We get lured to look closely at an object when it contains a printed image. In this instance, we noticed discolorations, ambiguous lines, and impressions of form and movement, which appeared from a distance and then transformed as we moved closer. Lines shattered into textures, forms became patterns, and wholes became assemblages of parts. In other areas, the opposite happened – fragments merged into wholes. We were surprised to face so many evocations from this untitled sculpture, image, screen, and installation, all at once.
A horizontal landscape, the black curtain was pleated across the center and fringed with an irregular ruffle of dried crusty salt. Curtains are rarely plain black. The textured and lacy white pattern materialized into a traditional photograph of the ocean hitting the shore at night with foam accumulating in the leading layers of the wave, or sedimentary rock, or galaxy. We moved toward the untitled object, and during the approach there was a simultaneous capturing, and the object cast itself as new. We discovered the tactile, physical appearance as the recorded drying, shrinking, and crystallizing of the salt solution had pulled the curtain into a tension, breaking the image. The tightness brought the night back to fabric used for clothing, like a defective stretched t-shirt.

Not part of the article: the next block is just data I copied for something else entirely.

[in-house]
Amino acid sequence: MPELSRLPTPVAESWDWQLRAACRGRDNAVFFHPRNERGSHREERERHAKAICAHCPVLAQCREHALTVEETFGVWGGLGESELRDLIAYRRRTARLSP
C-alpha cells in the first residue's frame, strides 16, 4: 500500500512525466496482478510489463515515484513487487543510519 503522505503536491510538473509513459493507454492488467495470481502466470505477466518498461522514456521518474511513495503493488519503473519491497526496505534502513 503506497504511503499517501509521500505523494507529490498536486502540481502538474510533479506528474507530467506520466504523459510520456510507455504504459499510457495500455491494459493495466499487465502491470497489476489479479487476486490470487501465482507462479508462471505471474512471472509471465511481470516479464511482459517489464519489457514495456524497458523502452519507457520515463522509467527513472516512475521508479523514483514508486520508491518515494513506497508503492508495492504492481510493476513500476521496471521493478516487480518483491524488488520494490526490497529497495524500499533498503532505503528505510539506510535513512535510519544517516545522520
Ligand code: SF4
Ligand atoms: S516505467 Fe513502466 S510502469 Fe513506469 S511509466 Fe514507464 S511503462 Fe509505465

This black form invited us through evocation, and then separated us through its presence. It wanted to be identified, though not completely. We desired the photograph of a gentle wave reaching the shore at night. But the crystallized salt on the surface and the damage it had done to the fabric was blatantly flavored of dirty street salt on pants in the city in winter, or the salt stains on concrete walls at a viaduct. The repulsion quickly spun back to the ruffled curtain, stitched with odd rainbow-colored thread out of two pieces of fabric right where the photographic “rule of thirds” might fit. We got too close – the tiny thread tricked us. We wanted to reach and pull back the curtain to find a hidden portal or stage. Vividly, we found ourselves, distant still from the object and from the image it conveyed, separated by its causality.